Food from Azerbaijan and beyond · Home · Main Dishes · Soups and Stews

Adjab Sandal – Azeri beef stew

There is nothing more comforting than Meat and Potatoes, especially on a rainy, gloomy somewhat depressing (for other reasons) night. I must have made dozens of dishes whose main actors include the aforementioned. One thing always hold true: they never fail in taste. Be it the slow cooker beef stew, or the main character of this post (very similar to beef stew), they always taste great. They do evolve, but always remain true to their intended purpose: to satisfy and soothe the soul.

Adjab Sandal is the Azeri version of Beef Stew, with a few twists. One, there are tomatoes and eggplant present. Two, cinnamon. Yes. Cinnamon. It’s an ingredient present in main dishes, especially meat dishes quite often (among other spices). It gives the meat flavor unlike any other. It adds a certain kick to the dish. I love this dish. It’s relatively easy to make too.

Adjab Sandal

Adjab Sandal 

1 LB beef stew, or beef chuck cut up into small pieces

2 tsp salt (or to taste)

1 tsp coriander

1 tsp pepper

1.5 tsp cinnamon

1/4 cup Worcestershire sauce

1 clove of garlic, diced

1 large onion, sliced into half rings

1/2 cup olive oil

3 large russet potatoes, sliced into circles

1 medium eggplant, or 1/2 a large eggplant

1 large tomato, sliced

1 cup water

Dill, chopped for garnish.

 

Combine the first 6 ingredients in a medium size bowl. Set aside for about 20 minutes. Heat up olive oil in a dutch oven pan (what is the proper name for them?). When oil is substantially hot, add the meat and fry up for a few minutes.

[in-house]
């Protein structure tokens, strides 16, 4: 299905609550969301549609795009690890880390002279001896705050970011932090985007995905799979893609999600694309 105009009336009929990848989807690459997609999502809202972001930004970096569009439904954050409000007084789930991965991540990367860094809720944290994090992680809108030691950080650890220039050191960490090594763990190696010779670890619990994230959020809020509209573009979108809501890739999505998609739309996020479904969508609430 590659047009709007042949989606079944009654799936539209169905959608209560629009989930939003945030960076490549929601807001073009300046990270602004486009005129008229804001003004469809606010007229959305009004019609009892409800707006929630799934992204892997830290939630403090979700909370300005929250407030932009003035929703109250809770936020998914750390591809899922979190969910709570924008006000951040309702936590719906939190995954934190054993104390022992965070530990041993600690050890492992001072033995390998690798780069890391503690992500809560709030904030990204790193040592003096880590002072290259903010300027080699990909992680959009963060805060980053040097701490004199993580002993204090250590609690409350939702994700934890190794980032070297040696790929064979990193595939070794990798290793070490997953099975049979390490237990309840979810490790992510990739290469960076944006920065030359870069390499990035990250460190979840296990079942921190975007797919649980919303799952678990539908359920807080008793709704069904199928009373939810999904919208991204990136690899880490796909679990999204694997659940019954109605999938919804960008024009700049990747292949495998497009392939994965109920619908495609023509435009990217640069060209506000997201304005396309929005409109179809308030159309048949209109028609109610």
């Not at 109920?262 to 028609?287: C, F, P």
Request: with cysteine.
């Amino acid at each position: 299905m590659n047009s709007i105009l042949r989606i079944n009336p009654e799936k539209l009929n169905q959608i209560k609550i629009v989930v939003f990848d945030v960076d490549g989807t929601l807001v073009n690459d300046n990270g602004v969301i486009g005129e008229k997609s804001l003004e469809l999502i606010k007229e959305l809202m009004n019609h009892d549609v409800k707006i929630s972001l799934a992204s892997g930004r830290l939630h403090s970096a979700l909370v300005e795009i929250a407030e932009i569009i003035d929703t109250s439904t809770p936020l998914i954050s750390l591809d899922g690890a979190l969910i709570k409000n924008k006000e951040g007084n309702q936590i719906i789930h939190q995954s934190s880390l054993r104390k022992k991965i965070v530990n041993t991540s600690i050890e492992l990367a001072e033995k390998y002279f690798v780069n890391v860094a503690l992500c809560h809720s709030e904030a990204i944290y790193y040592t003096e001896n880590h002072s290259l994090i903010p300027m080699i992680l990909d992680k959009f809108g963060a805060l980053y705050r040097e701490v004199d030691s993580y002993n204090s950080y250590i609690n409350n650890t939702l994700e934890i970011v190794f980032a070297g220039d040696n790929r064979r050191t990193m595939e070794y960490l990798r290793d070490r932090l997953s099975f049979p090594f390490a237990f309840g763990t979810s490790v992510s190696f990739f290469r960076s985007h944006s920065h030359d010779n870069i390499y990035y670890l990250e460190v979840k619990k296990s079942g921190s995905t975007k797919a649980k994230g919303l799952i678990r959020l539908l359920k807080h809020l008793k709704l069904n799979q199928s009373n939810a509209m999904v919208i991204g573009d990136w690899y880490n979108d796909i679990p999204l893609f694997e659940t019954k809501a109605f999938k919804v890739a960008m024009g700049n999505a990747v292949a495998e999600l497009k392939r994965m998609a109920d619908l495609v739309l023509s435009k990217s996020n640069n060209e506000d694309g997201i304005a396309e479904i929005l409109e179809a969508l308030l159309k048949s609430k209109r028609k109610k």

Marinated Meat
Marinated Meat

NOTE: this is where I always mess up, not sure why. My meat never starts frying right away. It releases juices, boils a little and then when the juices evaporate, starts frying. It may be because I crowd my meat, or because I don’t dry it enough so it retains water. Either way, I am yet to discover a way where I can fry it right away.

Once the meat is fried up add the garlic and onion and sauté until the onions soften.

Once done, add about 1 cup of water and let the mixture simmer for about 40 minutes on low heat, with the lid closed.

Then, add the sliced eggplants, potatoes and tomatoes (in that order) and simmer on low heat for about 30 minutes. Don’t worry if this dish is ‘wetter’ than you’d like. It’s supposed to have water, so you can dip your bread in it!

When done, add chopped dill for garnish and additional flavor.

image2

Enjoy!

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